Tuesday, November 18, 2008

Trade-Offs on Time: Quantity vs. Flexibility

Whenever I feel overwhelmed with the amount of work I have to do, and begin to wonder why I'm in graduate school and if it's all worth it, I try to remind myself of some of the beneficial trade-offs that come with all that work.

A few weeks ago, in the throes of comps writing, I ran into an undergrad RA at Panera Bread. She was there on a date with her husband (yes, even the undergrads are getting married); I was there as an intermediate step between the public library and Borders Cafe. The undergrad, who is considering going to graduate school at some point, was put off by the seemingly never-ending stream of work we graduate students seem to do. And I can certainly understand that impression; it was a Saturday evening, and I'd done nothing that day but work, would do nothing that weekend but work. During the school year, when research requirements are met with teaching, classes, and an amazing quantity of colloquiua, I easily work 40 hours a week; some weeks, I easily top 60.

On the other hand, there is flexibility here too that often makes it seem worthwhile. Today the weather is an unseasonal 74 degrees - in the middle of November, we're talking record highs. In a "real" job, working 9-to-5, I wouldn't be set free from work until the sun was almost setting and the chill was rapidly returning. As a graduate student, I abruptly decided to take advantage of this weather in the middle of the day, embarking on a leisurely walk to the pedestrian mall downtown to shop for a birthday present. It took a bit over an hour, and it was not my lunch break. I don't know of a "real" job that would allow me to disappear for an hour in the middle of the afternoon because I felt like enjoying the unseasonal weather.

I'm not sure this freedom always makes up for the times when I work non-stop for an entire week. I've never counted the number of weekend days I work or the number of weekdays I slack off. At the moment, however, right after a brief sojourn in the sun, that freedom to decide when I work feels like it completely makes up for the excessive amounts I work.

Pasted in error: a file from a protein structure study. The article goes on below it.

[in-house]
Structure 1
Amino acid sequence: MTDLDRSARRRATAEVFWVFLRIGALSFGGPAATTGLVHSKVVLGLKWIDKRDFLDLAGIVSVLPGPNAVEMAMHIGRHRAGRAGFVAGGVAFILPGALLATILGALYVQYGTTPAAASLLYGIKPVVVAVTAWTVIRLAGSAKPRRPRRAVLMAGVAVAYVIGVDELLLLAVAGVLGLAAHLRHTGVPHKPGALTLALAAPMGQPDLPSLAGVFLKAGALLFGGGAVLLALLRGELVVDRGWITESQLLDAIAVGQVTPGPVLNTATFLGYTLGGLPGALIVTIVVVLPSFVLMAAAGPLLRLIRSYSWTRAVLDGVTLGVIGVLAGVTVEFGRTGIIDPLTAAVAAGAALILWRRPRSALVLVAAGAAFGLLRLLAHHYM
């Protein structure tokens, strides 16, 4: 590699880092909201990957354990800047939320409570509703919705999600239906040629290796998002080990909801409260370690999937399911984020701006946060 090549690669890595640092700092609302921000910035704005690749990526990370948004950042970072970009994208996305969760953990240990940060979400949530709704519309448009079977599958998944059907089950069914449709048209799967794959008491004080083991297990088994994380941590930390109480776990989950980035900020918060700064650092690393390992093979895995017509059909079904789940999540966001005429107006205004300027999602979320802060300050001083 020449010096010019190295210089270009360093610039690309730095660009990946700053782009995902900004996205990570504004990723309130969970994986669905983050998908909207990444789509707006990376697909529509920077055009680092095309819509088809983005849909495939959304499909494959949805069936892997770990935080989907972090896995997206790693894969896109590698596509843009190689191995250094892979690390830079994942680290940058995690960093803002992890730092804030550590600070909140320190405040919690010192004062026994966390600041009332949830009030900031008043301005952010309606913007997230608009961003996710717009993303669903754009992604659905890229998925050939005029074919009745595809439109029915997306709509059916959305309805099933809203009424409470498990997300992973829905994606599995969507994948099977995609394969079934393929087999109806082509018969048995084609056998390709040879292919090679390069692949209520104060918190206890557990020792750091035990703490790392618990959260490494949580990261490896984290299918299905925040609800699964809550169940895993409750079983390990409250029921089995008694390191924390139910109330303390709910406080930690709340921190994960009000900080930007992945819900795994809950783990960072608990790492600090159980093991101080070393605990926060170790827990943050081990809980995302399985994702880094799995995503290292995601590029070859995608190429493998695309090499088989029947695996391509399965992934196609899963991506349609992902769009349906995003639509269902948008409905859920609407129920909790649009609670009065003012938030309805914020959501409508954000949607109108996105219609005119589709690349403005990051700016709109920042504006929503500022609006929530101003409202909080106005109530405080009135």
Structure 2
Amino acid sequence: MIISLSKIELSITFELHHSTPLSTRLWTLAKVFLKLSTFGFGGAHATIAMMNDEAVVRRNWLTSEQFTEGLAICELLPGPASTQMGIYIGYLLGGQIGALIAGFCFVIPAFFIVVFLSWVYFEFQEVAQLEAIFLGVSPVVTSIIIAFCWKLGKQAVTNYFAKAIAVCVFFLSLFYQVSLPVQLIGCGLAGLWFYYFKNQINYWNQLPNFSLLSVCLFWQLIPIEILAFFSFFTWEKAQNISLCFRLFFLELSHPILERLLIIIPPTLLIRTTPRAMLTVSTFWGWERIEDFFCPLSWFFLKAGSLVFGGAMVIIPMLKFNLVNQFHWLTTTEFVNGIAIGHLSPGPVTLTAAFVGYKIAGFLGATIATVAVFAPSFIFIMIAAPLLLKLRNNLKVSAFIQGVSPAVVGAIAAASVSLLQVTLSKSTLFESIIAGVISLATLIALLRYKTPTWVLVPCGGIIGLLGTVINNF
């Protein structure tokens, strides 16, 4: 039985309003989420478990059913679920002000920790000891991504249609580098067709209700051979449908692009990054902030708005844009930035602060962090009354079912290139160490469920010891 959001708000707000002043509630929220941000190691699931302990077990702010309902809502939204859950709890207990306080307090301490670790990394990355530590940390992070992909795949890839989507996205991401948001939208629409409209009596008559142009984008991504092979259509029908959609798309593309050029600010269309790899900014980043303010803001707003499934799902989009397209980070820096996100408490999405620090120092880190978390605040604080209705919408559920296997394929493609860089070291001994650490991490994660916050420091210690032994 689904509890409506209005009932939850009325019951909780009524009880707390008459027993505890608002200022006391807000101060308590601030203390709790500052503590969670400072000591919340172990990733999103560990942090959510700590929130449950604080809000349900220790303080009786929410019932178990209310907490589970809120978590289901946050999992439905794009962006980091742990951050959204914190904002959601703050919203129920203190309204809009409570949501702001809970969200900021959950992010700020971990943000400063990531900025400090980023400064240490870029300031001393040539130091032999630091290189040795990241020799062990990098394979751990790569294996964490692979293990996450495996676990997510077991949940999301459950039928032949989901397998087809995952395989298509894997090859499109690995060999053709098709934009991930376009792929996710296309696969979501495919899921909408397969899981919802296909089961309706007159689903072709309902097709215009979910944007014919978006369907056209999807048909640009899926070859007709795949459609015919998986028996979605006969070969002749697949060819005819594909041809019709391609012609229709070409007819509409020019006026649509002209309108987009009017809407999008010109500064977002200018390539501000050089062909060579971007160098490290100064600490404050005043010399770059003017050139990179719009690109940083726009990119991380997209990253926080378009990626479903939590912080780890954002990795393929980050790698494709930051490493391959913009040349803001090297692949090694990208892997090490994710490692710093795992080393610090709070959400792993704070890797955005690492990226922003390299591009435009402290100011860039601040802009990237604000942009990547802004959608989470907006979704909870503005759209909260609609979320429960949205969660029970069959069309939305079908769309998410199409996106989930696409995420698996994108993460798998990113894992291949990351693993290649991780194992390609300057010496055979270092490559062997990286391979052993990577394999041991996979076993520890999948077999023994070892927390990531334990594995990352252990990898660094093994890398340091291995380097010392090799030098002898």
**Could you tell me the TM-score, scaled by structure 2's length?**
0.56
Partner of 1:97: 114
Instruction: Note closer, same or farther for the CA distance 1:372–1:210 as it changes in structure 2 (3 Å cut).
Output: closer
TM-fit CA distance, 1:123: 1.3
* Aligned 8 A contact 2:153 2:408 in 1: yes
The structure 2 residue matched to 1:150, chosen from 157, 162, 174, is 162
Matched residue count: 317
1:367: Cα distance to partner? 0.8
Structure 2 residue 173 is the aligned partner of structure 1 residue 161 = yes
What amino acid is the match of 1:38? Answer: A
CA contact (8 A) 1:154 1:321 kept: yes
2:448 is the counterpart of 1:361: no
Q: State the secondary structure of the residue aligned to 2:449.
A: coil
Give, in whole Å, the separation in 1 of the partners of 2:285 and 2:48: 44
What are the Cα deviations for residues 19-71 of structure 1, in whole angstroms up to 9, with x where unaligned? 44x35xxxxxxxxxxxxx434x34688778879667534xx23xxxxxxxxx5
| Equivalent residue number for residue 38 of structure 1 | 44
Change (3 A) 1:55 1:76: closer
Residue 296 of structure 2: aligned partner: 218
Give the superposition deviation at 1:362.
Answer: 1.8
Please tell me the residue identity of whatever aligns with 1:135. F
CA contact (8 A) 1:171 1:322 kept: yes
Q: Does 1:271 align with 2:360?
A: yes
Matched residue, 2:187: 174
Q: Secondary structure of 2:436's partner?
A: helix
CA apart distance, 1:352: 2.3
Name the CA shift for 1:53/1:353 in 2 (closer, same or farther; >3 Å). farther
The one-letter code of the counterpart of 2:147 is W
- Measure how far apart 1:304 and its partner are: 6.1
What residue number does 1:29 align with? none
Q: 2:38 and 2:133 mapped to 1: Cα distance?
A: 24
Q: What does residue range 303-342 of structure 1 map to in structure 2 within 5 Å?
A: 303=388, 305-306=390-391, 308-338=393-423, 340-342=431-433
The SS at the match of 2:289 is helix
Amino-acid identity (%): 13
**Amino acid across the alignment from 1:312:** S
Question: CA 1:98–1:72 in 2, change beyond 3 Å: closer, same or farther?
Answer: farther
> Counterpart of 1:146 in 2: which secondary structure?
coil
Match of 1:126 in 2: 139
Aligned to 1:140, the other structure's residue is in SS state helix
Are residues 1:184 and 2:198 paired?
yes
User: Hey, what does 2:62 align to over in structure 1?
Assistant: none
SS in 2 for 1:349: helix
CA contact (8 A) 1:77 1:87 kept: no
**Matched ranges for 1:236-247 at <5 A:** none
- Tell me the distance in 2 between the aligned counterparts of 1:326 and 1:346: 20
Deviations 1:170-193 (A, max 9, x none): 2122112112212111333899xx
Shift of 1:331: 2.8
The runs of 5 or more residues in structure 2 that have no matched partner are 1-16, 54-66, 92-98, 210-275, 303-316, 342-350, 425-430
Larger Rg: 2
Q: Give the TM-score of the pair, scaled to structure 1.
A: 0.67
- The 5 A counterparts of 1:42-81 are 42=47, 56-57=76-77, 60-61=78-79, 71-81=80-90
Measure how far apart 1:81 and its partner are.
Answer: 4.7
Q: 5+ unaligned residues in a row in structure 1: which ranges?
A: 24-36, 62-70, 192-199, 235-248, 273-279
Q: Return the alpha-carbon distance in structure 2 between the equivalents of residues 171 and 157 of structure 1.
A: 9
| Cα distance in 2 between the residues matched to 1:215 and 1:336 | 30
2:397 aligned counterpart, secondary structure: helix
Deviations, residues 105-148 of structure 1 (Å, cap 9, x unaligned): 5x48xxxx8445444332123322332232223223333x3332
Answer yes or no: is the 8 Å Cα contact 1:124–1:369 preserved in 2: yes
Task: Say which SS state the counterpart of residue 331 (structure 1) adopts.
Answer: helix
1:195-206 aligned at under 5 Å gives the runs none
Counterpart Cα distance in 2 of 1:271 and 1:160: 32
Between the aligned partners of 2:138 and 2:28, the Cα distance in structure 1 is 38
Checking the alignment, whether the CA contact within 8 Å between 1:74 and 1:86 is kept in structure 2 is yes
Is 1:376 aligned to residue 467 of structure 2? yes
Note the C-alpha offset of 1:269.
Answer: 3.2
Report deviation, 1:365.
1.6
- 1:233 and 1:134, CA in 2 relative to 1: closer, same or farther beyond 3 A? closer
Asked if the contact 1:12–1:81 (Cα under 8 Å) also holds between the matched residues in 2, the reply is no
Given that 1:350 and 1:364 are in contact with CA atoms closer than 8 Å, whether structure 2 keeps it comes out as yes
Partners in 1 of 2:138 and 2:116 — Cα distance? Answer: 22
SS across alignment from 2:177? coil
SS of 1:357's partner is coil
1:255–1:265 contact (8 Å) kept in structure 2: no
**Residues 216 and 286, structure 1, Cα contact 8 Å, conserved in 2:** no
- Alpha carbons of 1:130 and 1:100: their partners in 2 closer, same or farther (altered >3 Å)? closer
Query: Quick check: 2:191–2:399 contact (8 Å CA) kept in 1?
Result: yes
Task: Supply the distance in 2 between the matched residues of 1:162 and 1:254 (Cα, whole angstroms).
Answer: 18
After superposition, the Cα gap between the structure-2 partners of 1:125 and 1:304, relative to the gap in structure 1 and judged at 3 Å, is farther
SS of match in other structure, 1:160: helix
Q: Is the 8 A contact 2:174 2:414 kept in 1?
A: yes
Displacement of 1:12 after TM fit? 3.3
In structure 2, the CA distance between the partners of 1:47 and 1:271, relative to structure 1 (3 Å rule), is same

Friday, November 14, 2008

Comps Writing is Done, Only Defense Left

Three days of non-stop comps revisions later, and I have sent the final no-more-revisions allowed version of my comps paper to my committee. The full paper (including title page and references) weighs in at 51 pages, 14,010 words; the text itself is 34 pages, 10,386 words. I never needed to worry about making the official 10,000 minimum, although I still can't believe that my advisor gave me enough comments to add 1,500 words to an already long paper.

I got a little obsessive toward the end. It turns out that 34 pages takes a long time to scan through checking for typos, and then I needlessly fretted over the formatting of my references section (like my committee cares). This is considerably more vetting than I gave to my master's thesis. It may just be a deep psychological need for stylistic perfection, since this is my one Achievement for 2008 (there might be two, if a paper in its second round of submissions gets accepted, but I'm not holding my breath).

The downside to all this is, I can't quite celebrate yet. I can't say I'm "done", because I haven't "passed". That will be determined three weeks from now, in an oral defense. Which means that as soon as my brain is recovered, I get to start putting together the presentation and re-reading critical papers for any questions my committee asks to test my fitness for Ph.D. aspirations.